Friday, October 26, 2007

The Binding of Yitzchak

At the end of this week's reading appears the narrative of the binding of Yitzchak, עקדת יצחק. This is how the prayer service of Rosh Hashanah refers to it, "ועקדת יצחק לזרעו ברחמים תזכור." And indeed, Rabbi Hirsch explains that this was a great test of Yitzchak's faith. Yitzchak only found out about this command of Hashem through his oral law-giver, his father. As the Talmud (Sanhedrin 89b) explains, this הוראת שעה, temporary commandment was only relied upon because Avraham had proven himself a true conduit of God's word.

However, the Torah narrates the event as the climactic test of Avraham's faith. His son is passive, inactive, throughout the story. It is Avraham who is commanded by God to bring his son up on an altar, and demonstrate his willingness to sacrifice everything he worked for, and all his hopes for the future, at God's command. Why does the Torah put the emphasis on Avraham?

(It is worth noting, when mentioning this theologically difficult episode, that the pshat is clear that God never intended Avraham to actually carry through with the sacrifice. The Torah decries human sacrifice such as מולך, and the words והעלהו שם לעולה imply that he is only to be brought up, but not slaughtered. The lesson was to be one of devotion to God's will to the extent that, when commanded, we are willing to follow blindly God's word, even when it seems to contradict everything we know about the world and His ways. It is a lesson in humility and יראת שמים, and, according to Rav Kook, a demonstration that passion and active service do not take a back seat to abstract philosophy in Avraham's (and Judaism's) philosophy.)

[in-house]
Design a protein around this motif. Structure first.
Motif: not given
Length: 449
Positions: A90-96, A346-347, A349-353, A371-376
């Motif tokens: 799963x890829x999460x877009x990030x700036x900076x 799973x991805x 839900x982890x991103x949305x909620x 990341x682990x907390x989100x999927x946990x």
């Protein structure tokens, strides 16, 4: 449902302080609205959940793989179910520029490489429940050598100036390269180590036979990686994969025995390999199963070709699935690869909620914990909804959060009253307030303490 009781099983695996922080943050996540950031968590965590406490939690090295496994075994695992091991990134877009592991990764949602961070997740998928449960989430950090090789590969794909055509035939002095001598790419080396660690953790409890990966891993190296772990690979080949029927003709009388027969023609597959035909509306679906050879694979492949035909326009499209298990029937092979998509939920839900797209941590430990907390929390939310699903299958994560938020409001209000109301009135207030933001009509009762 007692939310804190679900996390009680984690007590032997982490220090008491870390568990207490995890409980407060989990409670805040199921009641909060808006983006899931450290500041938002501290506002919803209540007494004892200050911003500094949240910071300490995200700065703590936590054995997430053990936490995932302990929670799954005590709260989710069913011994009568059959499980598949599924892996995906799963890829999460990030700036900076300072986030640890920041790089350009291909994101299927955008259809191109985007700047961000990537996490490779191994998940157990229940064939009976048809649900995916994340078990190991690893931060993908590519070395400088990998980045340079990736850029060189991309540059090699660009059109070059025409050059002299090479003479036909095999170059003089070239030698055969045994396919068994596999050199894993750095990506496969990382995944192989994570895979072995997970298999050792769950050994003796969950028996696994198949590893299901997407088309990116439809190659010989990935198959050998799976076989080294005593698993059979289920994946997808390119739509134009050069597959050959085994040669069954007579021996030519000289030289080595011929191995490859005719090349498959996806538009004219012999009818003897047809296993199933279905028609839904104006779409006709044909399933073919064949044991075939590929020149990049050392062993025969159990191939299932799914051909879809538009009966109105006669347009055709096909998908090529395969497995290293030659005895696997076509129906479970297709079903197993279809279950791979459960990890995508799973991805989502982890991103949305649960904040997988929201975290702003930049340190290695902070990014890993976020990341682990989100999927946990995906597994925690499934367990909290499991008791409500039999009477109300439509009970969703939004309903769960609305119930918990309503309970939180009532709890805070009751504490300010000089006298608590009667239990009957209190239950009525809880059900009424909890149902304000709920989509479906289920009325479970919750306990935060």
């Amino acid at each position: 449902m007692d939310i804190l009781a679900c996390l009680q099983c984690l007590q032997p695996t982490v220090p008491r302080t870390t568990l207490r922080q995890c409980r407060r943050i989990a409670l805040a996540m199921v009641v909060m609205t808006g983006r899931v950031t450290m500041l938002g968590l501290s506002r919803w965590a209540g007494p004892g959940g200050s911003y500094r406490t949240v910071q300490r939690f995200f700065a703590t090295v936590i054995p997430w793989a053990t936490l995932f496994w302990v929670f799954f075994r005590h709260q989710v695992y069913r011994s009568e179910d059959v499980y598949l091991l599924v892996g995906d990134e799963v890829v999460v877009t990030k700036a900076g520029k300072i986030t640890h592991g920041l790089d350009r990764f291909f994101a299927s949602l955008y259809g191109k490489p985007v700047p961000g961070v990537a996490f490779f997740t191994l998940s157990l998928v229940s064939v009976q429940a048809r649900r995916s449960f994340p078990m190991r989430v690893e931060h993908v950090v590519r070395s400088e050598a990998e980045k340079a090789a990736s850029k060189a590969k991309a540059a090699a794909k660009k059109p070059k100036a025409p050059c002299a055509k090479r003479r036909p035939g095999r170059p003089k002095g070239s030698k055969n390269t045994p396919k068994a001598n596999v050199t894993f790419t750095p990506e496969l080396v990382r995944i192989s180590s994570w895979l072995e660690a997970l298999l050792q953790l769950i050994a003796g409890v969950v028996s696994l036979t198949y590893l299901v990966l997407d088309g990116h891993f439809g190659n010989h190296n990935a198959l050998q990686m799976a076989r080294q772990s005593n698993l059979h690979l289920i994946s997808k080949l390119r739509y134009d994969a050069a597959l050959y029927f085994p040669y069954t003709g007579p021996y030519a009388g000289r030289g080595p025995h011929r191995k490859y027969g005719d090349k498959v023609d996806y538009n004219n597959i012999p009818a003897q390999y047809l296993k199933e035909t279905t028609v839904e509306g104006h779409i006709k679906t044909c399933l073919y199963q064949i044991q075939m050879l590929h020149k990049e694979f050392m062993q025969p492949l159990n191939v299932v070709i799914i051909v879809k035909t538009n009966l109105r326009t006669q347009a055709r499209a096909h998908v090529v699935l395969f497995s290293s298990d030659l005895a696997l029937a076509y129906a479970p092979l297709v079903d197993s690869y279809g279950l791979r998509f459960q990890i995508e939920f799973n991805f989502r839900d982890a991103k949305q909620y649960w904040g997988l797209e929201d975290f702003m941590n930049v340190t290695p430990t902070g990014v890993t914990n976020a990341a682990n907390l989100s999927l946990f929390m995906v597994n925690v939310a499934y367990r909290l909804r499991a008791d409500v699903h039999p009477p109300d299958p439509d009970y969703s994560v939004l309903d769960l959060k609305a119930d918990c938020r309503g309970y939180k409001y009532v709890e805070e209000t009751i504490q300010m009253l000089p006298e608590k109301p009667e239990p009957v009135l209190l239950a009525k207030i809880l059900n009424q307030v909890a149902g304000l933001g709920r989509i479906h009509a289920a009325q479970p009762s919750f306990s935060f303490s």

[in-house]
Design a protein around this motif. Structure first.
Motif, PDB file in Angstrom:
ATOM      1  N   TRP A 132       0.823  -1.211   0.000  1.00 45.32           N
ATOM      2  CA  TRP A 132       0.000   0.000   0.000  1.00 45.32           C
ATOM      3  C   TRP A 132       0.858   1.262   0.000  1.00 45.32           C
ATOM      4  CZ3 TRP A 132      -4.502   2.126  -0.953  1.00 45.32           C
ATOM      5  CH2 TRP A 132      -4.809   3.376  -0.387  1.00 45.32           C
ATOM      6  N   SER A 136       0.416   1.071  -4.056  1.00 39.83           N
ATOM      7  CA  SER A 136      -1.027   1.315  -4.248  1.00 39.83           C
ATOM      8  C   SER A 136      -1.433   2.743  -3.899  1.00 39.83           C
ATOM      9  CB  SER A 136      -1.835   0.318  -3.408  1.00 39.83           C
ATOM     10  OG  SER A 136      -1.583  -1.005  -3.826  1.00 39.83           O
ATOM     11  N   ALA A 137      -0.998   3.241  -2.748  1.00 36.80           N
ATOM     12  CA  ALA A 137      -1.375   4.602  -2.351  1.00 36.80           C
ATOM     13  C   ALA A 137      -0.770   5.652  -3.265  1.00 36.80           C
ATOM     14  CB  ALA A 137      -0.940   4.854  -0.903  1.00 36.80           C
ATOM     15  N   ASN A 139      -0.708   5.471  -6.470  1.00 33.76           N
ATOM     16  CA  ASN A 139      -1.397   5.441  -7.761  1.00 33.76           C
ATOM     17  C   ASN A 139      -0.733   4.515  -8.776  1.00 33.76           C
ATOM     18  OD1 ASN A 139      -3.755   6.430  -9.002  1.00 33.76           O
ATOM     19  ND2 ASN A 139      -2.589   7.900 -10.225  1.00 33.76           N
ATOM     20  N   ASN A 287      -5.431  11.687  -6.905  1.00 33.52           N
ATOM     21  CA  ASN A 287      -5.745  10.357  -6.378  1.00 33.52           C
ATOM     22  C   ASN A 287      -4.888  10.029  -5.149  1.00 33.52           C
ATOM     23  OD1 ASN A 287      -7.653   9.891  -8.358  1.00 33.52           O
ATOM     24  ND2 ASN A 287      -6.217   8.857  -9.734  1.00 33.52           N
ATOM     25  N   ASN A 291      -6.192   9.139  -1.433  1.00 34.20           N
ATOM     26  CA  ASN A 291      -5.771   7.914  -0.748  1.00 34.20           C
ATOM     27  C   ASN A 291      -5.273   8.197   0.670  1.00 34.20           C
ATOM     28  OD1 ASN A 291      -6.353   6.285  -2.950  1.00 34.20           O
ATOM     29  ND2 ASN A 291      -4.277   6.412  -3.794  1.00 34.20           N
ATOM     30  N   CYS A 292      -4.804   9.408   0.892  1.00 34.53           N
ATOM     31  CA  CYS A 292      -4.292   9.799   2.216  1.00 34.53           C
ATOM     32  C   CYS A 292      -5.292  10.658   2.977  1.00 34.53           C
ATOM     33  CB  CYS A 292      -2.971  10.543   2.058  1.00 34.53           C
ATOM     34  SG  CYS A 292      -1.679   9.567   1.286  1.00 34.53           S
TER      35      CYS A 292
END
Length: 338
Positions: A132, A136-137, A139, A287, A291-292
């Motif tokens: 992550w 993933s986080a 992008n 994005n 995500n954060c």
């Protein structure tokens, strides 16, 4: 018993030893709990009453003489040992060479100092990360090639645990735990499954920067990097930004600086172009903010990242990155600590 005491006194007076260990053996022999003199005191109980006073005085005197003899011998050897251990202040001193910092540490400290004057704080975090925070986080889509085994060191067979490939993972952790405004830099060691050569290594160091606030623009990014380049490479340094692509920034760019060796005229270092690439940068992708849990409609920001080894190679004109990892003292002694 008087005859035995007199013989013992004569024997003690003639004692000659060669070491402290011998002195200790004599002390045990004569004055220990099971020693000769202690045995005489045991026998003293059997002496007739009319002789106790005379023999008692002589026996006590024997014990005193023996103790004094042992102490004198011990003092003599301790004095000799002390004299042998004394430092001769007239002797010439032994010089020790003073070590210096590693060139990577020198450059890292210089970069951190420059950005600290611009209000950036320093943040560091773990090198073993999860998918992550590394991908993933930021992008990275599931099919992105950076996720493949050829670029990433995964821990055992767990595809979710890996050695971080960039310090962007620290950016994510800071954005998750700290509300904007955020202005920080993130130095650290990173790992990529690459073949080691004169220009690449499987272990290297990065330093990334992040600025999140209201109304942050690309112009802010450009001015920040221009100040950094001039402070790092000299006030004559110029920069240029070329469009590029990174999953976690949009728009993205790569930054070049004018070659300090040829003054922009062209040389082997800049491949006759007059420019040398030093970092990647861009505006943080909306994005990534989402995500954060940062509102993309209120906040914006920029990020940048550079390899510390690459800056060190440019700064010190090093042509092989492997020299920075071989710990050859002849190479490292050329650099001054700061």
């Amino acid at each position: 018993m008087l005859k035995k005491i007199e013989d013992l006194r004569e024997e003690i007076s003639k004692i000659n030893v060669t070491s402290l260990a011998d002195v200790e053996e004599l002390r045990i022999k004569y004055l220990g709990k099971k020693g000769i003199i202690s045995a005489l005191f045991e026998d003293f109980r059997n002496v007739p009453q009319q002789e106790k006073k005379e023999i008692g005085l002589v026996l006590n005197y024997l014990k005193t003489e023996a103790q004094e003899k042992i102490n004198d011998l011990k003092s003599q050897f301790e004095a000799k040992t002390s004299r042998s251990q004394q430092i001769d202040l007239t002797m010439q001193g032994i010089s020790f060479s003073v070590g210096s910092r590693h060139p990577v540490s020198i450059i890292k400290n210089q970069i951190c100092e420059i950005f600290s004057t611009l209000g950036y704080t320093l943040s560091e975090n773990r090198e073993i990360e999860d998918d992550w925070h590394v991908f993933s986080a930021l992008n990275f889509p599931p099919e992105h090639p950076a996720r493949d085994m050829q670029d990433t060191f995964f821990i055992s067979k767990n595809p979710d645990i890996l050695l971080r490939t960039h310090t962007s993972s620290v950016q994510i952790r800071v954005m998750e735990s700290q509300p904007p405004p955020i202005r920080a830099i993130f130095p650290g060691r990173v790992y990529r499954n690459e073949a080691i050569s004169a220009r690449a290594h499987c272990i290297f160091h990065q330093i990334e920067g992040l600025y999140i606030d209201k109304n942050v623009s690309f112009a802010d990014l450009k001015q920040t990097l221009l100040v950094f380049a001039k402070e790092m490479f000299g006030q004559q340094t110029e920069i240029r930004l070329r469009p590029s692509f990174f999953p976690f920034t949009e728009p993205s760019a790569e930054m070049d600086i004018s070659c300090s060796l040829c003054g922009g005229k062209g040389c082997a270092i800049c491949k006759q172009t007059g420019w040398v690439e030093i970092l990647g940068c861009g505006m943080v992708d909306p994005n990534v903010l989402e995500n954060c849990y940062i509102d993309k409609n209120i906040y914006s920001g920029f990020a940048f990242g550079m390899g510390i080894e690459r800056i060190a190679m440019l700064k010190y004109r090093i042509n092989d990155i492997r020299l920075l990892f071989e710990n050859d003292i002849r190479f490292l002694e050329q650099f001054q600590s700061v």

Rav Yosef Dov, author of the Beis HaLevi, has an interesting take on this. He writes that the harder test was not Yitzchak's. Yitzchak was charged with a martyr's death. Although this is certainly a high level, and a tremendous test, it is absolutely terminative. His martyrdom would not create any emotional, theological or psychological crises in the future because, quite simply, passing his test he would cease to exist.

Not so for Avraham's test. When Yitzchak is gone, Avraham would be left with a void in his life. His most prized acquisition in this world, his whole hope for the future, Yitzchak, would be gone, and Avraham would be left with a sterile existence that would leave no possibility of God's lessons and Avraham's worldview being propagated in this world. Avraham would be left emotionally and psychologically scarred as well. The test for Avraham is less the commandment to sacrifice his son, and more the order to actively destroy all hope for the good future of mankind.

The Beis Halevi points out that while many people would be willing to make the catastrophic show of faith of dying על קידוש השם, it is harder to find people who are willing to forego personal comforts, and live without something they truly desire, for God. Living for God is harder than dying for him. This is why the Torah calls it a test of Avraham. He is the one who we must model, with a willingness to be stripped of all material, emotional and psychological goods in God's service.

In our times, it may seem that the aspects of קידוש השם, martyrdom for God, is not something we need worry about. We do not experience existential fear while serving God. However, we do experience the test of Avraham in our own ways. We give up on prestige, comfort and ease for shabbat, yamim tovim, and kashruth. וחי בהם, living for God through the tests of everyday life, is the more intense and protracted test. It is the one we can find glory through in our lives.